The Easter And May-Day Bank Holidays - Part One
Beginning with the End
We've had a good run of holidays - first Easter and May Day. But, the final week of the Easter holiday caused me some anxiety, but not on behalf of our son. I now cease to worry about how he might cope when he is back at school - he seems to be taking everything in his stride and he even appears to be thriving. The almost broken child of eighteen months ago is such a distant memory that he struggles now to remember how home-sick he was. This time, I am much more concerned about myself. Having him back for three weeks has been rejuvenating for all of us and the temporary nature of his presence did not loom over us, like it normally might at a weekend, knowing that he was soon going to be gone.
During this time, we became a family once again - all four of us interacting. He is growing up, and some subtle changes were beginning to be noticeable: his humour has become a bit more adult - it is even drier than before, and he is also beginning to play around with the odd double-entendre. He is also more robust and self-confident. Our children have become inseparable from one another. Starved of each other's company during term time, they become eager to pack in all the fun that they have missed; constantly inventing, laughing, sometimes screaming when the joke has been taken too far. Once again, as a family, we felt whole.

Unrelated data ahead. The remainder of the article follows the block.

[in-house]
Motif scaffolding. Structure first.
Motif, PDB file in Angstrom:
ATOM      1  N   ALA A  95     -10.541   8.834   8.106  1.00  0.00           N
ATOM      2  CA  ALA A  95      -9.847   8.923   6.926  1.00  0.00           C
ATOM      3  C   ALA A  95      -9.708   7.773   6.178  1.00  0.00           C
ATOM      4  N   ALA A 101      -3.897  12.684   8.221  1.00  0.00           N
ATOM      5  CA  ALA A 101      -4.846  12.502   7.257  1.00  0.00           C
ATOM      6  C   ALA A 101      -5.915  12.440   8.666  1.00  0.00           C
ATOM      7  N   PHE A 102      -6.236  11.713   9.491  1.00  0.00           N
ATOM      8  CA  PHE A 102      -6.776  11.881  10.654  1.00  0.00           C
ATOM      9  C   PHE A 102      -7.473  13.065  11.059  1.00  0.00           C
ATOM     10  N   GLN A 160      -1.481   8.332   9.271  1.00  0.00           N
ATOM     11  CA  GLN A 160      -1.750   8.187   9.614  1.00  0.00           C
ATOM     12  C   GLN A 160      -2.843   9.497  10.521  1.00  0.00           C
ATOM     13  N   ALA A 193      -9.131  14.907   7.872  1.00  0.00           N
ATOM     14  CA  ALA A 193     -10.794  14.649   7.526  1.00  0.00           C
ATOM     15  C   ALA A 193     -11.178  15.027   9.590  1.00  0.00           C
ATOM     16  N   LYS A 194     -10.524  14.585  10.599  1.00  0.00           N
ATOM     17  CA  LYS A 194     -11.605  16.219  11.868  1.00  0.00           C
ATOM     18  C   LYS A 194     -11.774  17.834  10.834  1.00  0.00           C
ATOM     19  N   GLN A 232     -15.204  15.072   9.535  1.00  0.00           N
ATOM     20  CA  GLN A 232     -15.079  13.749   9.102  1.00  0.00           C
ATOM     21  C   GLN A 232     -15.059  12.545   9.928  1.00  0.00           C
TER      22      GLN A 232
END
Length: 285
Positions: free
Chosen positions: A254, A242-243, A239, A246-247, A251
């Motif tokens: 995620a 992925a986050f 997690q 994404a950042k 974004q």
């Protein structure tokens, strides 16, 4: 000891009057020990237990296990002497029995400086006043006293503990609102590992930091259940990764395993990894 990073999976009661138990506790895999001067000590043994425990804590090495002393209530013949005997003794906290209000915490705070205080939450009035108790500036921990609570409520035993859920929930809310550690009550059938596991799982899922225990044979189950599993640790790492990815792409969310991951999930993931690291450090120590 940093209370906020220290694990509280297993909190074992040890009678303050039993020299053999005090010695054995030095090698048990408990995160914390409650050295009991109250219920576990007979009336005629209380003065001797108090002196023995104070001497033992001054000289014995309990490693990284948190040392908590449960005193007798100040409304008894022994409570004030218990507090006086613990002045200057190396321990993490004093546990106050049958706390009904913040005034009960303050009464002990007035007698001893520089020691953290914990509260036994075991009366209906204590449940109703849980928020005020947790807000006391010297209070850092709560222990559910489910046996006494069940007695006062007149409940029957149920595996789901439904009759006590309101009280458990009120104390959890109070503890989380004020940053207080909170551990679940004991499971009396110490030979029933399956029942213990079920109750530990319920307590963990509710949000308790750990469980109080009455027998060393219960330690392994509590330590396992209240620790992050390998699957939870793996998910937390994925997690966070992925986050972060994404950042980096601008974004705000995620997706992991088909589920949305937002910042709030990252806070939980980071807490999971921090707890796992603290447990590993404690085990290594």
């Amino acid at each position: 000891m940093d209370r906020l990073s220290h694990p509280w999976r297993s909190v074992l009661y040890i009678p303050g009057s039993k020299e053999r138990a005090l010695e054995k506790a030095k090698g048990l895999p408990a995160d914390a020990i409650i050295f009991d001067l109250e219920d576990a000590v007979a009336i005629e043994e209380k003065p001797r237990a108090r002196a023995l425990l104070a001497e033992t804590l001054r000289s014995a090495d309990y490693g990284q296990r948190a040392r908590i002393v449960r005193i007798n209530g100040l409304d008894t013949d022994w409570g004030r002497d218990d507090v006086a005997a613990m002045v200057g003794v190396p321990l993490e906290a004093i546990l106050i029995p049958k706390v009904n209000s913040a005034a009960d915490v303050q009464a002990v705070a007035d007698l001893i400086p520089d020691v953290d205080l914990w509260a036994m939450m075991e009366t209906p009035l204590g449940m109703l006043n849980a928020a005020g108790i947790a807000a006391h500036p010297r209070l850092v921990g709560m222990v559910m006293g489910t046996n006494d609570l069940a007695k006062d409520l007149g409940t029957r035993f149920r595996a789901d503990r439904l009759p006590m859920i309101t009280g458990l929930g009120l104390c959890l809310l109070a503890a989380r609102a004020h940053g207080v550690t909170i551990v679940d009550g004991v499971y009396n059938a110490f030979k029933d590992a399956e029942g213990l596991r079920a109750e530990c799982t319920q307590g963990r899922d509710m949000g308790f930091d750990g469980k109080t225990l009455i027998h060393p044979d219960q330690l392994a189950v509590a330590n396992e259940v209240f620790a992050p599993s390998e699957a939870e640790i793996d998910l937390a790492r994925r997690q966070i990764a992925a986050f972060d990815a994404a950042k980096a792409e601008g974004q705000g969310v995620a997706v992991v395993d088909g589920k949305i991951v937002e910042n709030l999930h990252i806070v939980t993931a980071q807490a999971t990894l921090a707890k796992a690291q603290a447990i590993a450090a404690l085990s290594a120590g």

It was only during his last week of the holiday, when his sister was back at school that the realisation struck me: we would gain a breathing space in which we'd look forward to the May bank holiday when he would again be home for four long days, and then that would be it - we'd lose him. Ballet was going to ruin it all once again. The sense of loss that I sometimes experience is immense. I can hardly breathe. It seems to be especially acute when he has been home for an extended period of time. Sometimes I imagine an alternative reality in which we exist in a parallel universe:
We would be living together all the time. Our son would go to a local school, and sit at the kitchen table for a couple of hours every day doing his homework. We'd have to ask his younger sister to not distract him. He would be involved in after school activities which might require him being taken there or being picked up. We'd all eat together, and catch up on the each other's daily news in person, live - not relying on Skype or email. There would be a welcome banality to our lives.
However some things would also be missing - unknown to us. Weekends would not have the same sense of occasion; they would be less sacred. We would not have learned how to value the precious time that we have together. The children would understand that familiarity breeds contempt, rather than absence making the heart grow fonder. Perhaps I wouldn't be as meticulous with my diary - making sure that nothing intrudes on those rare random week days that he is at home. If possible, we try and turn these days into events: we go to galleries; eat at his favourite restaurant; explore places that we have never been to before. It's special when his sister can join us and she is also not at school, or when their mum is not working; but it's just as special when there are the two of us. I do not take the time I have with my family for granted. These are the things that I never would have learned had he not gone away to boarding school. It hurts me to say it, but I am grateful for this initially unwanted experience of our son's ballet training.
It's probable that if we didn't have to suffer the pain of absence, that we wouldn't also understand the intense joy of being together - and it is this thought that I cling onto now that he is gone, and the long summer term stretches ahead. Our family landscape is one of peaks and troughs - preferable always to a flat plain with a clear view of the horizon.